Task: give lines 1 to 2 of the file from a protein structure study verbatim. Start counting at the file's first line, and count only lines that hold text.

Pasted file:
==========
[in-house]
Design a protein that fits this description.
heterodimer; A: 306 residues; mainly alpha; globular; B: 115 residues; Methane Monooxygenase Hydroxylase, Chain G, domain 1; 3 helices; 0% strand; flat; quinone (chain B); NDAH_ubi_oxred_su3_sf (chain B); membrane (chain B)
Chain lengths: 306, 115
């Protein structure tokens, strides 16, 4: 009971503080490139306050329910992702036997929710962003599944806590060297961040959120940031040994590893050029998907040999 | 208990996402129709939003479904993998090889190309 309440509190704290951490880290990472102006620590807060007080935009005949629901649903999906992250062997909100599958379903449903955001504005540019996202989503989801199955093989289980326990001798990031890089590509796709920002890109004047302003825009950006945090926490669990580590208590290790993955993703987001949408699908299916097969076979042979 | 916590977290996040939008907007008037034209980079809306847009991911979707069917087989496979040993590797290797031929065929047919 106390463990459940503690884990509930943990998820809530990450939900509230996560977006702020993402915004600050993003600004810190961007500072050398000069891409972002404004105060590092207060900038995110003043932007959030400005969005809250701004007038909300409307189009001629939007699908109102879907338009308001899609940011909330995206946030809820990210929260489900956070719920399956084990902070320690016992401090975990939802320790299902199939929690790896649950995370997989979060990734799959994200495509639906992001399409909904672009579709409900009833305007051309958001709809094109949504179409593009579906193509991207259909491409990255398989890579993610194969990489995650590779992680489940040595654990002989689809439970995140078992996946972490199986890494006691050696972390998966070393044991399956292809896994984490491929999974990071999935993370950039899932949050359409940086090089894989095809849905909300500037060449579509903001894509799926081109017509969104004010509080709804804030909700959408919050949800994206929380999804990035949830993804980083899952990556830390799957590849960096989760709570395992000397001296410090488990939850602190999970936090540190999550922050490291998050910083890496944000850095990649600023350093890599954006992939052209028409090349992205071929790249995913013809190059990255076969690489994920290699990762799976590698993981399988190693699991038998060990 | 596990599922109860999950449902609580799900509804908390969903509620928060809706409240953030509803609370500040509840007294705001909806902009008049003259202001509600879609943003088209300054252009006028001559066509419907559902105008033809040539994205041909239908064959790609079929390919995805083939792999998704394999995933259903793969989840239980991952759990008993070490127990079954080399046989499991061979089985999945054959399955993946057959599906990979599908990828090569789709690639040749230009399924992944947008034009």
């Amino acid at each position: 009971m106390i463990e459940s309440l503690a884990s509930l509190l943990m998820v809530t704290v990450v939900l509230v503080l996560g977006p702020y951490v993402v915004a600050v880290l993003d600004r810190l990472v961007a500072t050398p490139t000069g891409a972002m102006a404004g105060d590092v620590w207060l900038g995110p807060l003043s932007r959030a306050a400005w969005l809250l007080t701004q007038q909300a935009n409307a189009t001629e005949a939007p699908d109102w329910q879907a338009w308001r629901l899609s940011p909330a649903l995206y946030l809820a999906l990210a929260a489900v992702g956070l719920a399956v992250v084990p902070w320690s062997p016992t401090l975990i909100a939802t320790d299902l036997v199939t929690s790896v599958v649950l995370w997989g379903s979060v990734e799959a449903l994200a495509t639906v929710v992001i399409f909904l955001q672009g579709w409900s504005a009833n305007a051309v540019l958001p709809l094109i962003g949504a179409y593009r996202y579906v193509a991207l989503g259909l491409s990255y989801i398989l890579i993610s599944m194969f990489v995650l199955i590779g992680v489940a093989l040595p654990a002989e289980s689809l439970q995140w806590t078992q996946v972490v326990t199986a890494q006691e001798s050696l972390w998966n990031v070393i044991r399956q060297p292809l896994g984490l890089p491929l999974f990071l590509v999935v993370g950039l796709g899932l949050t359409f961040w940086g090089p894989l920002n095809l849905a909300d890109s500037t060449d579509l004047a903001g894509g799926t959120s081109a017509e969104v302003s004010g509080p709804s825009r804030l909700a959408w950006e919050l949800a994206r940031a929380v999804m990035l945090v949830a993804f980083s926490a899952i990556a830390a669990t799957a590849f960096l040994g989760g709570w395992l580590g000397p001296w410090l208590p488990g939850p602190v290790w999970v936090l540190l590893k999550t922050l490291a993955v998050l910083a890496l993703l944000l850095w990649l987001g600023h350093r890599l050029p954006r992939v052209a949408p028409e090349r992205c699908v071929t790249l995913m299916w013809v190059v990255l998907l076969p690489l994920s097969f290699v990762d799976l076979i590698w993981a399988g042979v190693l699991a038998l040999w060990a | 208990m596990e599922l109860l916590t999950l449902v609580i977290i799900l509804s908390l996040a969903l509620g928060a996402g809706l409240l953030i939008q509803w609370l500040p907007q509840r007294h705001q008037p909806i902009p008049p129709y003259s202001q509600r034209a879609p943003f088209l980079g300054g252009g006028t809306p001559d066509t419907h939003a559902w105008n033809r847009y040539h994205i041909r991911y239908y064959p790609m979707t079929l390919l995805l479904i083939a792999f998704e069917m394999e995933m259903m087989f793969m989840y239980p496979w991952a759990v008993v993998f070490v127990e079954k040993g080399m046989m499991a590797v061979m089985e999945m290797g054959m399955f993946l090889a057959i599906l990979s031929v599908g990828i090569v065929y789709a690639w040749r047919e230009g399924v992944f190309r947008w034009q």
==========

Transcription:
[in-house]
Design a protein that fits this description.